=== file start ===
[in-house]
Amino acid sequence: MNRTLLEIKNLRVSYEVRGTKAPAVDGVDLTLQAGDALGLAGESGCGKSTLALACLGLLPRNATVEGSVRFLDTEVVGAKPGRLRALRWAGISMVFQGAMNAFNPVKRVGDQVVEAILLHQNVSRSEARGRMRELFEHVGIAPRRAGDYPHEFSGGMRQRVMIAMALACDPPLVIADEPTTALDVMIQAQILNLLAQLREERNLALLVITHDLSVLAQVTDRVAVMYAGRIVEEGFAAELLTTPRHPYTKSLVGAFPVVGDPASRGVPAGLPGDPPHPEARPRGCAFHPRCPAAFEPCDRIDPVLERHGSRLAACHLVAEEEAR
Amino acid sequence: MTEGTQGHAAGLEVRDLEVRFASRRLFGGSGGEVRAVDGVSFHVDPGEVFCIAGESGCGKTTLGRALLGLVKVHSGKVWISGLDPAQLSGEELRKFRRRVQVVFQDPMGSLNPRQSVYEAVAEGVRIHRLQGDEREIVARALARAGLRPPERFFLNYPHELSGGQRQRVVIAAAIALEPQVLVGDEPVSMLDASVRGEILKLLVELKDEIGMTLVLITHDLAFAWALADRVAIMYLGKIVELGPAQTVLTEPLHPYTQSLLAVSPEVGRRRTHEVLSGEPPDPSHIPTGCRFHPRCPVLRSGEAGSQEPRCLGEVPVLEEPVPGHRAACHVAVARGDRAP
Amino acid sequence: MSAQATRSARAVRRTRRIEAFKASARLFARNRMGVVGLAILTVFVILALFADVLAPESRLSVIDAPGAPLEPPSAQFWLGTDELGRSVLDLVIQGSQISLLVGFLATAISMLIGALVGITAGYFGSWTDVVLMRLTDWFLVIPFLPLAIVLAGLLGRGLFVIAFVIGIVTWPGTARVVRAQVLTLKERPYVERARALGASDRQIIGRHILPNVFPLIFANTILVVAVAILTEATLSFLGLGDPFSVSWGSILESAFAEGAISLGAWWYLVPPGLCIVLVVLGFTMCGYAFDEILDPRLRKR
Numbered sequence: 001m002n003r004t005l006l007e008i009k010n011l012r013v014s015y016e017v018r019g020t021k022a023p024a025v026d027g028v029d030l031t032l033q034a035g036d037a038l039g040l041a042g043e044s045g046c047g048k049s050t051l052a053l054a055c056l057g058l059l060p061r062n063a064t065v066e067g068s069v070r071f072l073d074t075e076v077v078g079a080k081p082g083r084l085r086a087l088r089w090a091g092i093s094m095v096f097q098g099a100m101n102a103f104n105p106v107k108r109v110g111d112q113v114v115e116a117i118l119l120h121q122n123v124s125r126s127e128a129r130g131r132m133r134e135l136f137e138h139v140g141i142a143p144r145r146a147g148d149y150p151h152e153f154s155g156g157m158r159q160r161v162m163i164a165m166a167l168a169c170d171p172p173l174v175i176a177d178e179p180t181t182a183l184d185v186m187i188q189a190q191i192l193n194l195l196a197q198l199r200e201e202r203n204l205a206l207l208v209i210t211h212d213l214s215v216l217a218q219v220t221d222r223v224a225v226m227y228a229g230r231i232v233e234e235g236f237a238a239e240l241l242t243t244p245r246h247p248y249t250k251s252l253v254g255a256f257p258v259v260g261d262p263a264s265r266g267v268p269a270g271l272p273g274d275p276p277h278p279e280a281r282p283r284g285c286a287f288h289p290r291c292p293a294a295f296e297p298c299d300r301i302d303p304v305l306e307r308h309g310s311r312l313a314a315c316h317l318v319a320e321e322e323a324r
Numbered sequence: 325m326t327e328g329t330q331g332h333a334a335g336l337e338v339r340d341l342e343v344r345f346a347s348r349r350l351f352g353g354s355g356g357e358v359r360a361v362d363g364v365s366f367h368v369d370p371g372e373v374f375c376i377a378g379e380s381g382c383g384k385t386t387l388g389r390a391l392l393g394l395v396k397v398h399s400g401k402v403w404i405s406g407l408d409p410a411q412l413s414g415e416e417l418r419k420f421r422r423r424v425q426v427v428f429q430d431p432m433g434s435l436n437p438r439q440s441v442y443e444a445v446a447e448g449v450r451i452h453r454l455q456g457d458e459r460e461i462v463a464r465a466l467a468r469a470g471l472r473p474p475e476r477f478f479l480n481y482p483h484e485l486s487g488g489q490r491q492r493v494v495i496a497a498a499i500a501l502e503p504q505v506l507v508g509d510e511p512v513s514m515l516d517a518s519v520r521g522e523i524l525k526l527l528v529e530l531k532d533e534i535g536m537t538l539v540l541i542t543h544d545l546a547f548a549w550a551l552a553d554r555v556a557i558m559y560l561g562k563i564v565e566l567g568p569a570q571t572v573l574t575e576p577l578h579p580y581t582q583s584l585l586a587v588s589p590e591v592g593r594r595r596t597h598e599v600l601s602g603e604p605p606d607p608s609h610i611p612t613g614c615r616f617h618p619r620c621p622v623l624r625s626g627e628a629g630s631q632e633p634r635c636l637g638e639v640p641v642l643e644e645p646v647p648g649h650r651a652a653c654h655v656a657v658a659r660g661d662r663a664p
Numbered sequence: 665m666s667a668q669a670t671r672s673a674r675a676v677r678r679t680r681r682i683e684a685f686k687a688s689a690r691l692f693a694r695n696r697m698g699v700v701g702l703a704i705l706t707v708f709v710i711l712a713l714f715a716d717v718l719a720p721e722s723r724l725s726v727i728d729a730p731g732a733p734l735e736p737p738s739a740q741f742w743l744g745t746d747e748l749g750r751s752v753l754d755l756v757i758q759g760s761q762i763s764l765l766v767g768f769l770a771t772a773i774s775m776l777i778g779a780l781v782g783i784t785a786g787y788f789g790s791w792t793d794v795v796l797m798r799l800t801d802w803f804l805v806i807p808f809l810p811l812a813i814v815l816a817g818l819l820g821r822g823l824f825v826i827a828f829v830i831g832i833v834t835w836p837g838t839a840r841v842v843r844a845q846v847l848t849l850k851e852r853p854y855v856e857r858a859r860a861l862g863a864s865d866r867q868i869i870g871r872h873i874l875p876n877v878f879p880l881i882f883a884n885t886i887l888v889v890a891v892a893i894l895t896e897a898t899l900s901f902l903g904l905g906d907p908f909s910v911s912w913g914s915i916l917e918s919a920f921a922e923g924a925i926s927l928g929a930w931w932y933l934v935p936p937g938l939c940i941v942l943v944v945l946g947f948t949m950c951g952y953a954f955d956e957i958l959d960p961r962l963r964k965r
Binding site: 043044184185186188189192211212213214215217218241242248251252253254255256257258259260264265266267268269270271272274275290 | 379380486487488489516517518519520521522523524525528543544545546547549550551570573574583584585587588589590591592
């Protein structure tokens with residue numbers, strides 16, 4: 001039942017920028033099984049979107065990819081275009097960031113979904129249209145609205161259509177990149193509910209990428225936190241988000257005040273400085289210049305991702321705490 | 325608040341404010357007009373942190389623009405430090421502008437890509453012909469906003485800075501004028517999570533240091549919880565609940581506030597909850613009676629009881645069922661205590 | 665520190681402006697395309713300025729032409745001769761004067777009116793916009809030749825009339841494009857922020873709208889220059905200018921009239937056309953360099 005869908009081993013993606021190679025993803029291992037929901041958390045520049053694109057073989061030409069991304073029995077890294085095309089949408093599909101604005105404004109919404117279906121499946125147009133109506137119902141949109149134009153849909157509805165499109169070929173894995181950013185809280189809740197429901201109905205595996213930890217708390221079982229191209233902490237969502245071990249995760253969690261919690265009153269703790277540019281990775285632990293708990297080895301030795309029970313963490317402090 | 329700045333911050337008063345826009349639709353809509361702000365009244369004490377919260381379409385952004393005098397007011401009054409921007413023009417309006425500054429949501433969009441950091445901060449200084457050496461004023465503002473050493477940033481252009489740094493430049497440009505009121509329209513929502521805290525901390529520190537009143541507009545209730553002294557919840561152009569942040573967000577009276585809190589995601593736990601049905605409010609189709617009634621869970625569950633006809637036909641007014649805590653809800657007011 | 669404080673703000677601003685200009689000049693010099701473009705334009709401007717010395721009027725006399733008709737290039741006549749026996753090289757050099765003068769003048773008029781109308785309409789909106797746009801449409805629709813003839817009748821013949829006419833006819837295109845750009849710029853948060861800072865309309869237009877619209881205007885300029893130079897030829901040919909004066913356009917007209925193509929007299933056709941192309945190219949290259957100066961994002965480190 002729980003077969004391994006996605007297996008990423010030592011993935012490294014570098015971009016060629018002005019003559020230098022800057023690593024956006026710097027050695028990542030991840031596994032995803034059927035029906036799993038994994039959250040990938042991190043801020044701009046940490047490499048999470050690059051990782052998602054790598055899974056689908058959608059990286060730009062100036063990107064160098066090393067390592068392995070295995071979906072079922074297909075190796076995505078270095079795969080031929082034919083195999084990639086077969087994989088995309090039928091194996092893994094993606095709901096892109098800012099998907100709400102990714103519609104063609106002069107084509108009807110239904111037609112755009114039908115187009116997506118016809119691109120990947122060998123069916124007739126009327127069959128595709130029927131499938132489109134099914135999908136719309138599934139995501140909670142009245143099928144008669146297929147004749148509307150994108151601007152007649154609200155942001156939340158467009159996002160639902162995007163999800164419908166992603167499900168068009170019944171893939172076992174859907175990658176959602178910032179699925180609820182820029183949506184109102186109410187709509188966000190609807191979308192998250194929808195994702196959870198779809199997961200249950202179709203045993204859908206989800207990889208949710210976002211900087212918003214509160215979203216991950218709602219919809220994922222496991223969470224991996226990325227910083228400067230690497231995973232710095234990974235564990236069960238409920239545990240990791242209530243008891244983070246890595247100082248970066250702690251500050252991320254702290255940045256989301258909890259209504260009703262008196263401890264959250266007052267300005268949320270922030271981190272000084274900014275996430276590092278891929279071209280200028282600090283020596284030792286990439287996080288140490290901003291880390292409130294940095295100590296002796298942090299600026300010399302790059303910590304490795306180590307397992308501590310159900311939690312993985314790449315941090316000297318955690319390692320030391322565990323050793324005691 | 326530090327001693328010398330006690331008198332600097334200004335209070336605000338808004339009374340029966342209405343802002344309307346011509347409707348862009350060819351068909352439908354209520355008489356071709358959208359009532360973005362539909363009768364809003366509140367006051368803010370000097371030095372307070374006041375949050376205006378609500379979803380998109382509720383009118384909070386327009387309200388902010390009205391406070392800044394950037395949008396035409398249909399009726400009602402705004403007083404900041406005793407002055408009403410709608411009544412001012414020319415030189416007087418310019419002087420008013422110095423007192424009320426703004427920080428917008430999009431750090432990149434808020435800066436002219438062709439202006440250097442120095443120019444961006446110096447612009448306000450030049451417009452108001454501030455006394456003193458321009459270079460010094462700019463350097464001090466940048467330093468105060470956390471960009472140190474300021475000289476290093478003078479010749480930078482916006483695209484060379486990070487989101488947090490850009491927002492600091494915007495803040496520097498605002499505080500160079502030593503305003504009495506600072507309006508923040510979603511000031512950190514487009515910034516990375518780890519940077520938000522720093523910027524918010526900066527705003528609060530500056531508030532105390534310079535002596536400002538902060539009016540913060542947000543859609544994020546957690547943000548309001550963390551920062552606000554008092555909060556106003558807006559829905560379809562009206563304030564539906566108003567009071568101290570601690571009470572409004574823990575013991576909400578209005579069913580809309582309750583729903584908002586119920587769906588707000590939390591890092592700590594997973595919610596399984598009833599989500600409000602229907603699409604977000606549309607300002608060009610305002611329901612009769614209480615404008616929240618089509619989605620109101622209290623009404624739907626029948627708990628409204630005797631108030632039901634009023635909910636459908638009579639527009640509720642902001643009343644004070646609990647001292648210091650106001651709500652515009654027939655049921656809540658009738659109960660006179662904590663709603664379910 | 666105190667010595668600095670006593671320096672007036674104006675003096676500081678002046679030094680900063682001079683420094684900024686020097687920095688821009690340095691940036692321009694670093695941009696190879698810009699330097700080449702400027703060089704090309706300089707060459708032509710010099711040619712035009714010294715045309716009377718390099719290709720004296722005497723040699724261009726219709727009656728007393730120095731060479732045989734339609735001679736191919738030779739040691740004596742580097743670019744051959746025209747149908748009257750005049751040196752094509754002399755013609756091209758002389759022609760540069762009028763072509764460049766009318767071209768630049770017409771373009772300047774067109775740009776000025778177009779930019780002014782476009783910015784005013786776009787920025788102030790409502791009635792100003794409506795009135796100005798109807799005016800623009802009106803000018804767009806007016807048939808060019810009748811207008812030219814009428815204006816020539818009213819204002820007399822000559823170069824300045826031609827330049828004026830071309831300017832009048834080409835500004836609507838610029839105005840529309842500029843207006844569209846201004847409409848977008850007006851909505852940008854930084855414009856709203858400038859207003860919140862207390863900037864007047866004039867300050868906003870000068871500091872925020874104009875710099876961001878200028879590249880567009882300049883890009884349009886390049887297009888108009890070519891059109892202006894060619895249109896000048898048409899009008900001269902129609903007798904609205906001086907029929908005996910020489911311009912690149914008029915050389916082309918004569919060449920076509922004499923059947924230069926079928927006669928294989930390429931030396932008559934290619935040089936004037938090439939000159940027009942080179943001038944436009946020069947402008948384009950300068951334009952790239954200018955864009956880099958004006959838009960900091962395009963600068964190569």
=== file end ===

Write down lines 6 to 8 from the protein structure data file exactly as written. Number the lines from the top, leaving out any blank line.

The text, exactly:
Numbered sequence: 325m326t327e328g329t330q331g332h333a334a335g336l337e338v339r340d341l342e343v344r345f346a347s348r349r350l351f352g353g354s355g356g357e358v359r360a361v362d363g364v365s366f367h368v369d370p371g372e373v374f375c376i377a378g379e380s381g382c383g384k385t386t387l388g389r390a391l392l393g394l395v396k397v398h399s400g401k402v403w404i405s406g407l408d409p410a411q412l413s414g415e416e417l418r419k420f421r422r423r424v425q426v427v428f429q430d431p432m433g434s435l436n437p438r439q440s441v442y443e444a445v446a447e448g449v450r451i452h453r454l455q456g457d458e459r460e461i462v463a464r465a466l467a468r469a470g471l472r473p474p475e476r477f478f479l480n481y482p483h484e485l486s487g488g489q490r491q492r493v494v495i496a497a498a499i500a501l502e503p504q505v506l507v508g509d510e511p512v513s514m515l516d517a518s519v520r521g522e523i524l525k526l527l528v529e530l531k532d533e534i535g536m537t538l539v540l541i542t543h544d545l546a547f548a549w550a551l552a553d554r555v556a557i558m559y560l561g562k563i564v565e566l567g568p569a570q571t572v573l574t575e576p577l578h579p580y581t582q583s584l585l586a587v588s589p590e591v592g593r594r595r596t597h598e599v600l601s602g603e604p605p606d607p608s609h610i611p612t613g614c615r616f617h618p619r620c621p622v623l624r625s626g627e628a629g630s631q632e633p634r635c636l637g638e639v640p641v642l643e644e645p646v647p648g649h650r651a652a653c654h655v656a657v658a659r660g661d662r663a664p
Numbered sequence: 665m666s667a668q669a670t671r672s673a674r675a676v677r678r679t680r681r682i683e684a685f686k687a688s689a690r691l692f693a694r695n696r697m698g699v700v701g702l703a704i705l706t707v708f709v710i711l712a713l714f715a716d717v718l719a720p721e722s723r724l725s726v727i728d729a730p731g732a733p734l735e736p737p738s739a740q741f742w743l744g745t746d747e748l749g750r751s752v753l754d755l756v757i758q759g760s761q762i763s764l765l766v767g768f769l770a771t772a773i774s775m776l777i778g779a780l781v782g783i784t785a786g787y788f789g790s791w792t793d794v795v796l797m798r799l800t801d802w803f804l805v806i807p808f809l810p811l812a813i814v815l816a817g818l819l820g821r822g823l824f825v826i827a828f829v830i831g832i833v834t835w836p837g838t839a840r841v842v843r844a845q846v847l848t849l850k851e852r853p854y855v856e857r858a859r860a861l862g863a864s865d866r867q868i869i870g871r872h873i874l875p876n877v878f879p880l881i882f883a884n885t886i887l888v889v890a891v892a893i894l895t896e897a898t899l900s901f902l903g904l905g906d907p908f909s910v911s912w913g914s915i916l917e918s919a920f921a922e923g924a925i926s927l928g929a930w931w932y933l934v935p936p937g938l939c940i941v942l943v944v945l946g947f948t949m950c951g952y953a954f955d956e957i958l959d960p961r962l963r964k965r
Binding site: 043044184185186188189192211212213214215217218241242248251252253254255256257258259260264265266267268269270271272274275290 | 379380486487488489516517518519520521522523524525528543544545546547549550551570573574583584585587588589590591592